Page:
House Speaker Tim Moore (R-Cleveland) says that the General Assembly is prepared to support school districts with flexibility and funding they may need due to the closures.

“While I know this is a decision no one wanted to make, under the circumstances, this is the right thing to do for North Carolina at this time,” Moore said in a statement Saturday.

“I hear from medical providers that their biggest need if schools close is childcare support for healthcare professionals, so I ask North Carolinians to pull together and support those families who serve on the front lines of this emergency,” said Moore. “School systems and students can rest assured the state legislature will work closely with education officials to provide the flexibility and funding they need to respond to these rapid developments and keep North Carolina communities safe.”

Between Friday evening and Saturday morning, the number of cases in North Carolina rose from 15 to 23. The number of counties where cases are present also rose from seven to 12.

Prior to the governor’s news conference, Wake County Public Schools announced it would be closing schools from March 16 through March 27. The announcement included information that an elementary school teacher in Fuquay Varina has tested positive. Wake County is the state’s largest school district with over 160,000 students.

Wake County Schools’ message indicated that they would be moving up Spring Break, which was scheduled for the second week of April. In addition, the district will also use any remaining banked time and are working on communicating with staff about salaries and other work-related issues.

Lt. Gov. Dan Forest issued a statement on Facebook in support of the closures.

“Today, the governor decided to make the difficult decision to close all public schools in North Carolina for the next two weeks,” Forest wrote. “This decision may be extended into the future, depending on the circumstances. As a voting member of the State Board of Education, I agreed with this decision.”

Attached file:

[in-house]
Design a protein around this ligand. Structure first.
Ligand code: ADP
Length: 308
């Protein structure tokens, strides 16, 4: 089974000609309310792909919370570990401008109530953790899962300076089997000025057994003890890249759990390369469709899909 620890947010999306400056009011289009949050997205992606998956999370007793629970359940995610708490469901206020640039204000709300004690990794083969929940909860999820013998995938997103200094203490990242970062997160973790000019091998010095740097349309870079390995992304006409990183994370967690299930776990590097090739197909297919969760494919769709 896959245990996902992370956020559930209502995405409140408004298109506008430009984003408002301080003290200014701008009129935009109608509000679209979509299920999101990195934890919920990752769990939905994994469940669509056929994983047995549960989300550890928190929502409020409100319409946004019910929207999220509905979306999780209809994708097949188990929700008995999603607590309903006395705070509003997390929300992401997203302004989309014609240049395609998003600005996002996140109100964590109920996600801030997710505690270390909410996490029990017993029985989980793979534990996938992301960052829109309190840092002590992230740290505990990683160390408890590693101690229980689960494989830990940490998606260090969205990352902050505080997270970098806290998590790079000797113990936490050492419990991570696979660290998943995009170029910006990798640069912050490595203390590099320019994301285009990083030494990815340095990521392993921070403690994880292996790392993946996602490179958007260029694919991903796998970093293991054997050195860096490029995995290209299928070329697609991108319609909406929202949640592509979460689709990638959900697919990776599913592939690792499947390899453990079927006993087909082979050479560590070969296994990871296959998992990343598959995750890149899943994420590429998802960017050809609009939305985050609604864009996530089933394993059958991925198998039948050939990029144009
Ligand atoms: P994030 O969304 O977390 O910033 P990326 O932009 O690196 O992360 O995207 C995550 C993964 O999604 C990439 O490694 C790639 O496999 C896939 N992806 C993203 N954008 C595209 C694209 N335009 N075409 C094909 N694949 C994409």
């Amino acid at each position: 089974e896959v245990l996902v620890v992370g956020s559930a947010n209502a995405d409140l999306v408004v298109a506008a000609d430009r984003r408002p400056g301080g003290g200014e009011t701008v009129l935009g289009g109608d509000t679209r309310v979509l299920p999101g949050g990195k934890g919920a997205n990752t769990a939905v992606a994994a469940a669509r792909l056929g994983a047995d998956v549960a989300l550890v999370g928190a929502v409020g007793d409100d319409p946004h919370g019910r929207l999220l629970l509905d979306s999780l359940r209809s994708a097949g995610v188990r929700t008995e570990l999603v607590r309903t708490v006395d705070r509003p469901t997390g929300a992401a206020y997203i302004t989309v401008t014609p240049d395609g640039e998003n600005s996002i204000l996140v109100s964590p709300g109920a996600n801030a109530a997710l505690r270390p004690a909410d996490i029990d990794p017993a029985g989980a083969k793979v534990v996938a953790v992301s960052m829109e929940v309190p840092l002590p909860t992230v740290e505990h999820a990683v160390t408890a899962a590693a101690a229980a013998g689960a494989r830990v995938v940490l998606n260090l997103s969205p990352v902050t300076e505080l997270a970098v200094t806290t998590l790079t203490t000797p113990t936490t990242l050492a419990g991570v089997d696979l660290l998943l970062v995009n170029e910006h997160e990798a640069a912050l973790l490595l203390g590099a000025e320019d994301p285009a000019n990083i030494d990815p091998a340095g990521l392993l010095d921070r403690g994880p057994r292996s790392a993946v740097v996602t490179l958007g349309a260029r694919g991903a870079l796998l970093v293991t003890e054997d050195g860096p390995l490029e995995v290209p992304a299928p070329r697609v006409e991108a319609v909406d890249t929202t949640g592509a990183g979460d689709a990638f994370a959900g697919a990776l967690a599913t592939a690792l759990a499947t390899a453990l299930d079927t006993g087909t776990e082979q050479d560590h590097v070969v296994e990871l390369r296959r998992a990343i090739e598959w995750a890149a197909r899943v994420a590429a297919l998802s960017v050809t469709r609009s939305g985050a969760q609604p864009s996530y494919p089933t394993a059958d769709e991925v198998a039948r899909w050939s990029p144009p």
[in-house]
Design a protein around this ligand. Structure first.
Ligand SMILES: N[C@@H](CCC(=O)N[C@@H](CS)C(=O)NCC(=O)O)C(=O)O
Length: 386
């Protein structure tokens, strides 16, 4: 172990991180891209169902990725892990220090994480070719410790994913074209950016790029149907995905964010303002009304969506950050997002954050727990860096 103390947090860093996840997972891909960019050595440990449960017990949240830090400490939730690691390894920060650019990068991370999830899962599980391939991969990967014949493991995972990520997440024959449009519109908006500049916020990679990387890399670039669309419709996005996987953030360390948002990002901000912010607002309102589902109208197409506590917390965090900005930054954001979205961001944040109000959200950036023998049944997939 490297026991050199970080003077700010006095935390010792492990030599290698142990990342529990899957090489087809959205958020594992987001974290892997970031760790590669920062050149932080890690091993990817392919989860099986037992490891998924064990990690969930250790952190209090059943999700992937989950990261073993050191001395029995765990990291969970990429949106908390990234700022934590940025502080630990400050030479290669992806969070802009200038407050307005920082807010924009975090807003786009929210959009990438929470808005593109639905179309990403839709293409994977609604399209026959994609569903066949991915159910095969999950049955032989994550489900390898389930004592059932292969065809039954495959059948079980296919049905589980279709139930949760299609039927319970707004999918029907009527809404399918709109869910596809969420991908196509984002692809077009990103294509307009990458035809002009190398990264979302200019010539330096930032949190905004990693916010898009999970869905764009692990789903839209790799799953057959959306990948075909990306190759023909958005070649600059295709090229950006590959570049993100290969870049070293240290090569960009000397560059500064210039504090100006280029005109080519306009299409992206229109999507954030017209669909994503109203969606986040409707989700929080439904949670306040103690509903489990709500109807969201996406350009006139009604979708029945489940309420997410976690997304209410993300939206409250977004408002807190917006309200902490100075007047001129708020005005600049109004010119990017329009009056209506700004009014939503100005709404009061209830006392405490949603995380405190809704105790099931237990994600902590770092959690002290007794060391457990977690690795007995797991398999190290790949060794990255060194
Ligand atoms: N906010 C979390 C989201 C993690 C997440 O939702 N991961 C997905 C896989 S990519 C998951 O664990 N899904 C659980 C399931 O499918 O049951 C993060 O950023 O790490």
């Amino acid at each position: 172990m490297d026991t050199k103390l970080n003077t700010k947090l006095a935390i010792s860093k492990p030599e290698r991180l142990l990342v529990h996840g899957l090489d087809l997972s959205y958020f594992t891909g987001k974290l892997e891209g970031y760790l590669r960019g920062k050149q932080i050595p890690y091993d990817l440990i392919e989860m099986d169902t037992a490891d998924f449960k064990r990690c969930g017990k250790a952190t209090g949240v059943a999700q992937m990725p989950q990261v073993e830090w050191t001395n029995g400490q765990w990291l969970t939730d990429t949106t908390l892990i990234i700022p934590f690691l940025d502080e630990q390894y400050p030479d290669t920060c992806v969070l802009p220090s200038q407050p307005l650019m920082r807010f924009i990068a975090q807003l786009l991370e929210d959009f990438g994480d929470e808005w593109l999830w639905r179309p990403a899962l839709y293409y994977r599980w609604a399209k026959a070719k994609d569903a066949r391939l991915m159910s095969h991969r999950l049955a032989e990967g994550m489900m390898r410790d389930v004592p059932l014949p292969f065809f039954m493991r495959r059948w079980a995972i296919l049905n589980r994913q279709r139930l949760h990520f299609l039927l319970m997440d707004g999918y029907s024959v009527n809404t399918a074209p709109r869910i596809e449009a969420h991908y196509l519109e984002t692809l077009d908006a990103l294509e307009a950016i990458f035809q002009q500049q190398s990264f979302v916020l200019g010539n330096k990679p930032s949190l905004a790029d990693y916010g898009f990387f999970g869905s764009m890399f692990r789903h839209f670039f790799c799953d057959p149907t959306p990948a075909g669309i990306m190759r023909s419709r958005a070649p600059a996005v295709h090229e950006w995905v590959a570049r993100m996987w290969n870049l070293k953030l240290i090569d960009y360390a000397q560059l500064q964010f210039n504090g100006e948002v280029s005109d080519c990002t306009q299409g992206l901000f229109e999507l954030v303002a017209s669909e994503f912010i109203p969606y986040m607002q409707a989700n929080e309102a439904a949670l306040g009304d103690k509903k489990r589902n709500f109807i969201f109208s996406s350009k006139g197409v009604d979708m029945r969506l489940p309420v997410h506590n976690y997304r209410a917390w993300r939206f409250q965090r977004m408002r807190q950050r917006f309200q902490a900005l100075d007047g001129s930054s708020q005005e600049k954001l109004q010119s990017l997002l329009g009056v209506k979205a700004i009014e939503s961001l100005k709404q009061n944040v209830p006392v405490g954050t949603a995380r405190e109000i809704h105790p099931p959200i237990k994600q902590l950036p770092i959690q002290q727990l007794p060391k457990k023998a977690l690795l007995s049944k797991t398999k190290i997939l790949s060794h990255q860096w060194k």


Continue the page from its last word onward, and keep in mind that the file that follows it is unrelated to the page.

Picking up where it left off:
Forest went on to note that he has spoken with medical professionals who indicate that while children do not to typically sicken from COVID-19, they can potentially be putting family members at risk by carrying the virus back to parents or grandparents.

“As I have said before, this is not a time for panic or fear, but a time for caution. This means that each of us has a responsibility to do our part to “flatten the curve” and ensure that we reduce the impact of this virus,” Forest said in his post.

NSJ reached out to Sen. Deanna Ballard (R-Watauga) about the school closure order. Ballard is the Chair of both the Senate Education/Higher Education and the Education/Higher Education Appropriations Committees.

“I do probably think at this time that this is in the best interest of the health and safety of our students and our teaching professionals,” said Ballard. “I just want folks to really exert caution.”